In the late-seventies and early 1980s, so-called "penny stock" frauds were rampant in Colorado and Utah until state securities officials moved in and shut them down. Although the scams of today are similar to the swindles of that earlier time, there are significant differences. The most obvious difference is the marketplace itself.
Today, there are far more mid-income retail investors than ever. Products are more sophisticated and choices have multiplied. Due to the growth of 401(k) plans and other self-directed retirement programs and fears about the future of Social Security, people are encouraged to be more "aggressive" in their investments. The marketers of the most legitimate firms down to bottom-dwelling perpetrators of fraud are singing the same siren song: "You've got to be in the market or you're going to be left behind." The message is everywhere. It's hard to pick up a magazine or watch television or listen to the radio without hearing advertisements for mutual funds or other securities products.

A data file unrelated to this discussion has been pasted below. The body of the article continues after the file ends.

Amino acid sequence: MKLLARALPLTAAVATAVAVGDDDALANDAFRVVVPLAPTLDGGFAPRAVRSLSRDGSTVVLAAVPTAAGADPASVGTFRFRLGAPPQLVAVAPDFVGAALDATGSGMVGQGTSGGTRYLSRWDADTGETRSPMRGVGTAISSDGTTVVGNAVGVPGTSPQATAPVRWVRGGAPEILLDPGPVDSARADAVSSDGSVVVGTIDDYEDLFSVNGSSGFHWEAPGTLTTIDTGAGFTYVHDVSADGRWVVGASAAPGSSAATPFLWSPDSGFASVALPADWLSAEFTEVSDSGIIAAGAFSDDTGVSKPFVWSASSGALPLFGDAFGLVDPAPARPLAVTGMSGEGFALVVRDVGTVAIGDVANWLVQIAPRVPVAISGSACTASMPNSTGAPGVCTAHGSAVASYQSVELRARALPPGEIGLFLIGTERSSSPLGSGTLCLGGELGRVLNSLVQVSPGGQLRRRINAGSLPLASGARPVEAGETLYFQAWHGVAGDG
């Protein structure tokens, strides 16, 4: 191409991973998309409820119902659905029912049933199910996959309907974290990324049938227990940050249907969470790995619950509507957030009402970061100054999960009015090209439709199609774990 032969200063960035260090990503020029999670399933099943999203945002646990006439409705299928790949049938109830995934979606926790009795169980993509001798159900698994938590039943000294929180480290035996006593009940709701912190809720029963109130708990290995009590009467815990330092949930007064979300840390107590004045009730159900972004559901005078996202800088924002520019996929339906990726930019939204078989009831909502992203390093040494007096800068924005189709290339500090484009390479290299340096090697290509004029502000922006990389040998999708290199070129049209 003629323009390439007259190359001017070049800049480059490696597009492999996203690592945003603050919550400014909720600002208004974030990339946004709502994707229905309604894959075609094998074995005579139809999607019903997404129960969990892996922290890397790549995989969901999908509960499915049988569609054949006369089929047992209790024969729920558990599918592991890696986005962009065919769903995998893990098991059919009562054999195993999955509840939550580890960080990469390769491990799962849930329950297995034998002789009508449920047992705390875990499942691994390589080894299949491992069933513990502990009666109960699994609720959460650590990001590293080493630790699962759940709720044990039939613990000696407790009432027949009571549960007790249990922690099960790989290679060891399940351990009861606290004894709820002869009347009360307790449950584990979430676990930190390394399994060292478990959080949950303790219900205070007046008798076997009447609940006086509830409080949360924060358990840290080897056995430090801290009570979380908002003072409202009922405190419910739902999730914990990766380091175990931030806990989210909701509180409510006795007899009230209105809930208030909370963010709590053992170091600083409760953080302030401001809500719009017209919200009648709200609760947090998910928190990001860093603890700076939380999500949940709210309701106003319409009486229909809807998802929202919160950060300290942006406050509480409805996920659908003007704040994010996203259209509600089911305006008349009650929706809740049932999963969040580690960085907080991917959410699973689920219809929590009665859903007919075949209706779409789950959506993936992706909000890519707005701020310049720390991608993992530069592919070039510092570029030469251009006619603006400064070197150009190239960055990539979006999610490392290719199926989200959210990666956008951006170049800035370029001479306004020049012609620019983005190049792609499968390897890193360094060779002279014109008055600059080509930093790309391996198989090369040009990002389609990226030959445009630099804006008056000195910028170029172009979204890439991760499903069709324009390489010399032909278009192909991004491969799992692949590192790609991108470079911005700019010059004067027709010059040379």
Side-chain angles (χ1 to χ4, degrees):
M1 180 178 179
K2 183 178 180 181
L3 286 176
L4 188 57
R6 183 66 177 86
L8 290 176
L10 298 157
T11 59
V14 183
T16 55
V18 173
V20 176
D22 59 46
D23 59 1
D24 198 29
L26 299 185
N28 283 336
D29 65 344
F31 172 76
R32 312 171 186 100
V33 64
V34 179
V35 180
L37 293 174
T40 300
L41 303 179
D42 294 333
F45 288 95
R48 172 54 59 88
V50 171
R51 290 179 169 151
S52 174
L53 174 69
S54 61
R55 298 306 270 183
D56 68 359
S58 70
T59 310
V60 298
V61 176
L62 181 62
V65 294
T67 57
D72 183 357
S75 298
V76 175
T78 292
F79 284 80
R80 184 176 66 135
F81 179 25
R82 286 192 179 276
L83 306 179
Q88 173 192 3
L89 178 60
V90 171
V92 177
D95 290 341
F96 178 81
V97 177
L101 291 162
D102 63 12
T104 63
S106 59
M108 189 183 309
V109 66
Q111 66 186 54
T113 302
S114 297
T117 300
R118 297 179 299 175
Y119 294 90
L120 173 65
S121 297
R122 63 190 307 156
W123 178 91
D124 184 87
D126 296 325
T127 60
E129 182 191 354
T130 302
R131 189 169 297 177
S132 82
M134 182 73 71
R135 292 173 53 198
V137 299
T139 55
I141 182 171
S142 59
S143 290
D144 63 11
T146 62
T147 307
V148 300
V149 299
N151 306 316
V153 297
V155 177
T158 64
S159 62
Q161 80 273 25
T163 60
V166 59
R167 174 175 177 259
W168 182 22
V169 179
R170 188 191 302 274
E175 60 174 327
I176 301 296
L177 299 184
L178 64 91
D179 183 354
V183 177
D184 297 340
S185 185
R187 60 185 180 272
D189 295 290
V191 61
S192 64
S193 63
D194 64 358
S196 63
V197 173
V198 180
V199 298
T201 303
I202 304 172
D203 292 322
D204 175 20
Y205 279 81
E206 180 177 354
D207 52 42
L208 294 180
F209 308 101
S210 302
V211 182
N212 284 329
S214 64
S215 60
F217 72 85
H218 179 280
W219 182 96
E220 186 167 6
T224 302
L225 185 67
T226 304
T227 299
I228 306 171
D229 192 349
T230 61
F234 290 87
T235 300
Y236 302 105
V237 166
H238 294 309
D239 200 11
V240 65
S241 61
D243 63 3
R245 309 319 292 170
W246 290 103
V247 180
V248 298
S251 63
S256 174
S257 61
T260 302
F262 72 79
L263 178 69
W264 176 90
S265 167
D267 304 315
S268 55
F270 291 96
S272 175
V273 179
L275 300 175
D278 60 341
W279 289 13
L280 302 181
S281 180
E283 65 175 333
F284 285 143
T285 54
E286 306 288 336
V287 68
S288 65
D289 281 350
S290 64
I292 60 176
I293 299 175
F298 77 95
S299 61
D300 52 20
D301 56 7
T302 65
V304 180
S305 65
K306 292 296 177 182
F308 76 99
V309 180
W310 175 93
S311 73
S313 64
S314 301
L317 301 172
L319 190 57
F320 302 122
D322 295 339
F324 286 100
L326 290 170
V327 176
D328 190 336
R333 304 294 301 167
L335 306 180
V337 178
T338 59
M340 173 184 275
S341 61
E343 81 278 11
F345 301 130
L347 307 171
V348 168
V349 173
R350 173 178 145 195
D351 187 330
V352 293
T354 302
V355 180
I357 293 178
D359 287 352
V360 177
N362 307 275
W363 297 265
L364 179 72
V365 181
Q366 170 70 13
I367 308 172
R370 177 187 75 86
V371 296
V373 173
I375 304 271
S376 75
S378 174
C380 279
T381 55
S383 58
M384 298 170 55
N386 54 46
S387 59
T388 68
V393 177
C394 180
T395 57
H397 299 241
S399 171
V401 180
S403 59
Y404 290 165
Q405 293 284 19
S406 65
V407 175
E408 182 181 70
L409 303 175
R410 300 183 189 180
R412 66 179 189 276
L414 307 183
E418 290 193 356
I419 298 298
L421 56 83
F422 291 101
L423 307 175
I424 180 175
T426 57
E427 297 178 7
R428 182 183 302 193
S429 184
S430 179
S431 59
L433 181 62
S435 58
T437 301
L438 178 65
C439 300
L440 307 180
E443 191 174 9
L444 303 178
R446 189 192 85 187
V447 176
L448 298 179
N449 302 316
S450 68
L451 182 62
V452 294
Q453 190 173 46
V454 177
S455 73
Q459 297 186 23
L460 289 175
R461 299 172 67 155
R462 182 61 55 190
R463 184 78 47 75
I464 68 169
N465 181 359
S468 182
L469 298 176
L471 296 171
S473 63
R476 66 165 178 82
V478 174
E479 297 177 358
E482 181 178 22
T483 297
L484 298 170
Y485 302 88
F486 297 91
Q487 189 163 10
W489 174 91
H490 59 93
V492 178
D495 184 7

There has also been a general assault on regulation as portions of industry, some elected officials, and large sectors of the media question its effectiveness. Intertwined with the current bull market is an undercurrent that declares state licensing procedures inefficient and a tax on capital. Unfortunately, this rhetoric helps provide the necessary cover for scam artists and crooks.